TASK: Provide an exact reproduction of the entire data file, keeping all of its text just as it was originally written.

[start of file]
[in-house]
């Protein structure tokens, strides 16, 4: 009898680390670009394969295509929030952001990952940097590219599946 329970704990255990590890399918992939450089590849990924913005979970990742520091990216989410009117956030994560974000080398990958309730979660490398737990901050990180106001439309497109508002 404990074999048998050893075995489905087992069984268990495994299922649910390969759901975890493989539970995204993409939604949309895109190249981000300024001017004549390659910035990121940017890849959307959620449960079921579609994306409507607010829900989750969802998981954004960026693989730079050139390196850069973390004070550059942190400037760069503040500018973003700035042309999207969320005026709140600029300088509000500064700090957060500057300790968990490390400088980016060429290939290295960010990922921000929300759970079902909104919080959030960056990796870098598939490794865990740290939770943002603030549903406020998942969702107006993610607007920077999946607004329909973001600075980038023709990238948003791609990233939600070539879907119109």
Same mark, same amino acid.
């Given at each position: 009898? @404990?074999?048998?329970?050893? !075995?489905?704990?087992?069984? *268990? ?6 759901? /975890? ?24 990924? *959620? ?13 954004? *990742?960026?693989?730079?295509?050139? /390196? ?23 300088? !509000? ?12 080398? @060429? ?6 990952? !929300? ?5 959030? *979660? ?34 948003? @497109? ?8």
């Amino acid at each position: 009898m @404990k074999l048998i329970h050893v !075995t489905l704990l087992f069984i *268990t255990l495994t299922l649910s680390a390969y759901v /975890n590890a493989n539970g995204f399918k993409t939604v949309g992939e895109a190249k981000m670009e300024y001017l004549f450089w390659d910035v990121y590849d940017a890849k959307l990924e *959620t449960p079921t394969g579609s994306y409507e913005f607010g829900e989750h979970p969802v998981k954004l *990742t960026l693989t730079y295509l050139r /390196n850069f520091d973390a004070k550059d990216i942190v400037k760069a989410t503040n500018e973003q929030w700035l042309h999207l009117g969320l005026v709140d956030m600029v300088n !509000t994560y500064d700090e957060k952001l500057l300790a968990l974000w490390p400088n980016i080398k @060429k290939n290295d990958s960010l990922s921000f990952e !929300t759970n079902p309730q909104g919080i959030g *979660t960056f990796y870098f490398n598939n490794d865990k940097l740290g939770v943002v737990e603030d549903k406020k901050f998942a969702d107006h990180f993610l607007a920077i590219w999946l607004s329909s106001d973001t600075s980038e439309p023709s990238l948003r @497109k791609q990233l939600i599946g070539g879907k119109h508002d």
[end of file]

[in-house]
């Protein structure tokens, strides 16, 4: 009898680390670009394969295509929030952001990952940097590219599946 329970704990255990590890399918992939450089590849990924913005979970990742520091990216989410009117956030994560974000080398990958309730979660490398737990901050990180106001439309497109508002 404990074999048998050893075995489905087992069984268990495994299922649910390969759901975890493989539970995204993409939604949309895109190249981000300024001017004549390659910035990121940017890849959307959620449960079921579609994306409507607010829900989750969802998981954004960026693989730079050139390196850069973390004070550059942190400037760069503040500018973003700035042309999207969320005026709140600029300088509000500064700090957060500057300790968990490390400088980016060429290939290295960010990922921000929300759970079902909104919080959030960056990796870098598939490794865990740290939770943002603030549903406020998942969702107006993610607007920077999946607004329909973001600075980038023709990238948003791609990233939600070539879907119109």
Same mark, same amino acid.
């Given at each position: 009898? @404990?074999?048998?329970?050893? !075995?489905?704990?087992?069984? *268990? ?6 759901? /975890? ?24 990924? *959620? ?13 954004? *990742?960026?693989?730079?295509?050139? /390196? ?23 300088? !509000? ?12 080398? @060429? ?6 990952? !929300? ?5 959030? *979660? ?34 948003? @497109? ?8």
């Amino acid at each position: 009898m @404990k074999l048998i329970h050893v !075995t489905l704990l087992f069984i *268990t255990l495994t299922l649910s680390a390969y759901v /975890n590890a493989n539970g995204f399918k993409t939604v949309g992939e895109a190249k981000m670009e300024y001017l004549f450089w390659d910035v990121y590849d940017a890849k959307l990924e *959620t449960p079921t394969g579609s994306y409507e913005f607010g829900e989750h979970p969802v998981k954004l *990742t960026l693989t730079y295509l050139r /390196n850069f520091d973390a004070k550059d990216i942190v400037k760069a989410t503040n500018e973003q929030w700035l042309h999207l009117g969320l005026v709140d956030m600029v300088n !509000t994560y500064d700090e957060k952001l500057l300790a968990l974000w490390p400088n980016i080398k @060429k290939n290295d990958s960010l990922s921000f990952e !929300t759970n079902p309730q909104g919080i959030g *979660t960056f990796y870098f490398n598939n490794d865990k940097l740290g939770v943002v737990e603030d549903k406020k901050f998942a969702d107006h990180f993610l607007a920077i590219w999946l607004s329909s106001d973001t600075s980038e439309p023709s990238l948003r @497109k791609q990233l939600i599946g070539g879907k119109h508002d």